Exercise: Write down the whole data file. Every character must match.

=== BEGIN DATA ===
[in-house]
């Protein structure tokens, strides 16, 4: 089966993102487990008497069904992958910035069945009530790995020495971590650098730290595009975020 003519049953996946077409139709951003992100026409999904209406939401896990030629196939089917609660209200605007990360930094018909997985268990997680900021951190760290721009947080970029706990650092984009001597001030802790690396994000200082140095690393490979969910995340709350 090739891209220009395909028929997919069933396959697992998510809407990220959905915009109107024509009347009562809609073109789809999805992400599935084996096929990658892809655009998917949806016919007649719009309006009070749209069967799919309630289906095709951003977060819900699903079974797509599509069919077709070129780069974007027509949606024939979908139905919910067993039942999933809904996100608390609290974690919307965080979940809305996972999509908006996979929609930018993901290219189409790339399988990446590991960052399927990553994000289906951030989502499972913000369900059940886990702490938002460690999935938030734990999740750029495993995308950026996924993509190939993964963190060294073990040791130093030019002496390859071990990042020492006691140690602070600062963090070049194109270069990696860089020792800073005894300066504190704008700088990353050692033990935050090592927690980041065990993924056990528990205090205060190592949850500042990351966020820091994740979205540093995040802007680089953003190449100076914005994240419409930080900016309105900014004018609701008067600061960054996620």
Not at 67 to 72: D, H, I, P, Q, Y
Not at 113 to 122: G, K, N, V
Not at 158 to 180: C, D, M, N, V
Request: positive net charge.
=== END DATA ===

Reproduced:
[in-house]
């Protein structure tokens, strides 16, 4: 089966993102487990008497069904992958910035069945009530790995020495971590650098730290595009975020 003519049953996946077409139709951003992100026409999904209406939401896990030629196939089917609660209200605007990360930094018909997985268990997680900021951190760290721009947080970029706990650092984009001597001030802790690396994000200082140095690393490979969910995340709350 090739891209220009395909028929997919069933396959697992998510809407990220959905915009109107024509009347009562809609073109789809999805992400599935084996096929990658892809655009998917949806016919007649719009309006009070749209069967799919309630289906095709951003977060819900699903079974797509599509069919077709070129780069974007027509949606024939979908139905919910067993039942999933809904996100608390609290974690919307965080979940809305996972999509908006996979929609930018993901290219189409790339399988990446590991960052399927990553994000289906951030989502499972913000369900059940886990702490938002460690999935938030734990999740750029495993995308950026996924993509190939993964963190060294073990040791130093030019002496390859071990990042020492006691140690602070600062963090070049194109270069990696860089020792800073005894300066504190704008700088990353050692033990935050090592927690980041065990993924056990528990205090205060190592949850500042990351966020820091994740979205540093995040802007680089953003190449100076914005994240419409930080900016309105900014004018609701008067600061960054996620």
Not at 67 to 72: D, H, I, P, Q, Y
Not at 113 to 122: G, K, N, V
Not at 158 to 180: C, D, M, N, V
Request: positive net charge.